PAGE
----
It's not that women like her feel incomplete without a partner. And of course, not all women are looking for a long-term monogamous relationship. But still, if no man is an island, most women aren't either. How lonely it was, before I had my son, to wake up in an empty house every morning, eat breakfast alone, read the paper alone, do the dishes alone.

How dispiriting it felt to move to a new place alone, to shop for groceries for only myself, to have nobody to talk to in those sleepy moments before bed except for girlfriends on the phone, chatting about — what else? — men.

Having a child in the house changes the specifics — I'm never alone and, in fact, I desperately crave some solitude. But my loneliness after having a child wasn't diminished; it was different and perhaps even compounded. It's both single-person loneliness and the loneliness of not sharing the little moments of my son's life with someone who cares about him as profoundly as I do.

But saying this aloud makes people uncomfortable. I got an e-mail from a never-married single mother like me who said that when she shared her loneliness on a single-mom listserv, people told her to stop feeling sorry for herself and to "get a life." One woman even suggested that if she was so unhappy being a single mother, she should put her child in foster care.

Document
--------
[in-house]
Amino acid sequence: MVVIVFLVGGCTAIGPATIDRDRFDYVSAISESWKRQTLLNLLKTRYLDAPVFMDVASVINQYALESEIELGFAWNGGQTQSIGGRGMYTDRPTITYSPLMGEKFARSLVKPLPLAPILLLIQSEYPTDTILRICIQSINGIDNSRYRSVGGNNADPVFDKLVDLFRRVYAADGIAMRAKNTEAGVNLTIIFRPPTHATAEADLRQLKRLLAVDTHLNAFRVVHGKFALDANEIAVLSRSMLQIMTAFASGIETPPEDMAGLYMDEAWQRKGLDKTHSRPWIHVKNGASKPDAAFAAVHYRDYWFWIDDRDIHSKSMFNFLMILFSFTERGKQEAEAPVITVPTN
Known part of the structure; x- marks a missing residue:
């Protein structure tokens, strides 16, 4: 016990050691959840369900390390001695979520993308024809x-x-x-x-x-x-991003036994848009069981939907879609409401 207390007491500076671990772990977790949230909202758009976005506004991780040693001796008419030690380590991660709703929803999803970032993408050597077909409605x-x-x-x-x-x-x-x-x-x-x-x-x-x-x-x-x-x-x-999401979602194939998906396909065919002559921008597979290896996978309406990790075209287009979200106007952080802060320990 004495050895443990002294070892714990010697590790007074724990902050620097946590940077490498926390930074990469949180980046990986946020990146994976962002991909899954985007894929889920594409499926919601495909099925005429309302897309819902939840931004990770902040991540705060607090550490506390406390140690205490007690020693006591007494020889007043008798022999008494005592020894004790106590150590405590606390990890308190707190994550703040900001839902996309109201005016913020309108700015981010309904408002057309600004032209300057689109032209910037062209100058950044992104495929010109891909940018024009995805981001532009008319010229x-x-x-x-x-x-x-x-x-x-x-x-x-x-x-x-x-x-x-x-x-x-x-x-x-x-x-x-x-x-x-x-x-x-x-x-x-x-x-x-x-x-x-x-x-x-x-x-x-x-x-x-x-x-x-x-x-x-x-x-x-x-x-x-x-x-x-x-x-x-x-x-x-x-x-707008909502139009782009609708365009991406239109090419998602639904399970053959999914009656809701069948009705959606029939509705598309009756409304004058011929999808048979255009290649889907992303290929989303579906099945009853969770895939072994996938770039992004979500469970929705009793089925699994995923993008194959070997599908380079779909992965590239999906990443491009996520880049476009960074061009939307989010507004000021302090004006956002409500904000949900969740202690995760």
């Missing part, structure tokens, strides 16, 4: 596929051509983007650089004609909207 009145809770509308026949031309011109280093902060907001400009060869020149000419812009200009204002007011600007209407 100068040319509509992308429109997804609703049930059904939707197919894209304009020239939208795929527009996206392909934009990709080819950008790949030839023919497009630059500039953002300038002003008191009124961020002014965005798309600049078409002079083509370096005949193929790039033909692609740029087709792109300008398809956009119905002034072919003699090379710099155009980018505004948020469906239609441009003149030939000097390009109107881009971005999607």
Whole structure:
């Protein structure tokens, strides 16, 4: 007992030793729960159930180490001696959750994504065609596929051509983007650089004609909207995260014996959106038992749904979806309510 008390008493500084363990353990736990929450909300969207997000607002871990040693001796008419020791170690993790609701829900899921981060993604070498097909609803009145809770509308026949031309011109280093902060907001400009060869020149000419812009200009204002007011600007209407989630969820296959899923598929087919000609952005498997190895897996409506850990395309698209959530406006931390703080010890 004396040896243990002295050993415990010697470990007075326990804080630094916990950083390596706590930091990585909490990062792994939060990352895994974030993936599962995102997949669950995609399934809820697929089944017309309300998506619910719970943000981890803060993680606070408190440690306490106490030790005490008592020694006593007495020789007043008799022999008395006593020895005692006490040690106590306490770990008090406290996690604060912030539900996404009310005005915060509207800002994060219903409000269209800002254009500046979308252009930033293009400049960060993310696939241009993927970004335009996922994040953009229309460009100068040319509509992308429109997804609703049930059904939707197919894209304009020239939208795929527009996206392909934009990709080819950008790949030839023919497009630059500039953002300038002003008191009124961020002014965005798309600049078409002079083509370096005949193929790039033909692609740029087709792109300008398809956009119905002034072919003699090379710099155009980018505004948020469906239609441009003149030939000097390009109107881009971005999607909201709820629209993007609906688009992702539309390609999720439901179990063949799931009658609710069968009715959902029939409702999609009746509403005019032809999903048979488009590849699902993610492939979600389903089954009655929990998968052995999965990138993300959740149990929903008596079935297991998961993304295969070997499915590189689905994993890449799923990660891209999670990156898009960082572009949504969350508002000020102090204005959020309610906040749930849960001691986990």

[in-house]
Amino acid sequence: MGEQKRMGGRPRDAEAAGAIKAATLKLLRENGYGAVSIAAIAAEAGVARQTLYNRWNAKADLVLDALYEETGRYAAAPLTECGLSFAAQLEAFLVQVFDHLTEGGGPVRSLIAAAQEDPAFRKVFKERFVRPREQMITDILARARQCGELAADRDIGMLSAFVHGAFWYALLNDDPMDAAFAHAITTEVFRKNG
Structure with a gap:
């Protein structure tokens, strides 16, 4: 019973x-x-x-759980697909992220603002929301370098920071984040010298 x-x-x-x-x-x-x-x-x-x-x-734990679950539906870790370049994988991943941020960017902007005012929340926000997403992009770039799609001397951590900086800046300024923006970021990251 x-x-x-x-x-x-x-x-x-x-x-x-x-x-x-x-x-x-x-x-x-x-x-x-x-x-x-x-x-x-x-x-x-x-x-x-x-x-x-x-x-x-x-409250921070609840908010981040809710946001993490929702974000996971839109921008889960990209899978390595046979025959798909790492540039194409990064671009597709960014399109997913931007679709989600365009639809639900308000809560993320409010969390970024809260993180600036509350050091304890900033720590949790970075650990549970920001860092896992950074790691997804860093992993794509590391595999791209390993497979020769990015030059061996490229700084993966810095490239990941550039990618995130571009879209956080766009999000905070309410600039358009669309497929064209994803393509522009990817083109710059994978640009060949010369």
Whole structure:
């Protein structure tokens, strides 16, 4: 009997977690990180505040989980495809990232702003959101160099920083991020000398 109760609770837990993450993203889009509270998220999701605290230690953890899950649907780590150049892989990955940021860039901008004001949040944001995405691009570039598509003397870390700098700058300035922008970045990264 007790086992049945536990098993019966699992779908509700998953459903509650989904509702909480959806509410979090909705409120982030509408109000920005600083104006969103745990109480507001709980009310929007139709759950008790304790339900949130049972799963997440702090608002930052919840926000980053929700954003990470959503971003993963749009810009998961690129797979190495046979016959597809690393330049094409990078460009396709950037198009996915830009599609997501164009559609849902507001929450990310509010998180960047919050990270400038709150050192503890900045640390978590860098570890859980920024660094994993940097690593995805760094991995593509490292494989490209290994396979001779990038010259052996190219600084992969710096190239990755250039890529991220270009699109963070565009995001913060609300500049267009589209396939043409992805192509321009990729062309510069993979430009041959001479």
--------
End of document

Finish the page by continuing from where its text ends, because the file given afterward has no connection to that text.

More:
"I got flamed for saying I get lonely sometimes," this single mom told me. "But nobody flamed this other woman for telling me to put my kid in foster care!"

Is there really something wrong with our self-esteem or our values if we crave someone to share the actual and metaphorical driving with? We're so worried about not settling, but then we find ourselves unhappily unsettled — living in our single-person apartments, eating dinner in front of the TV and hoping to meet the right guy so we can settle down.

Ultimately, what most of us are looking for isn't the guy who keeps us so intoxicatingly distracted that we're tingling in anticipation of his every phone call. It's the guy we feel completely comfortable with, the guy who "gets us," hugs us at our parents' funerals, laughs with us, reminds us to go to the doctor, fixes the toilet, has our backs and eventually sets his dentures on the counter next to ours.

Do we need passion and physical attraction? Absolutely. But instead of chemistry of "9" and compatibility of "5," we'd be happier with chemistry and compatibility of "7." Good enough. Because nothing about good enough implies that you haven't found a true love — or, in fact, a much deeper kind of love.

I've never believed that we should stop looking for Mr. Right — but, like all the experts I spoke to, I think we'd be happier if we changed our perception of who he is. A guy is a package deal, as is any woman. Many women throw out the guy because they don't like a part of the deal, even if it's a pretty appealing deal overall.

Nor is it unromantic to acknowledge that if I'm lucky enough to find my Mr. Good Enough, I'll be his Ms. Good Enough. After all, he's chosen to spend his entire life with me, despite my many less-than-ideal qualities. Sure sounds like love. Recognizing that isn't settling. It's maturity. And if you figure that out at 30, you have a much better chance of finding your wonderfully imperfect mate than if it doesn't sink in until you're 40.

Am I lonely? Yes. Pathetic? No. Smarter about finding love? I think so. Now all I need is a date for Valentine's Day.

Lori Gottlieb is a frequent commentator for NPR. Her new book is Marry Him: The Case for Settling for Mr. Good Enough.

I'd still settle for Mr. Good Enough 02/12/10 [Last modified: Sunday, February 14, 2010 5:18pm]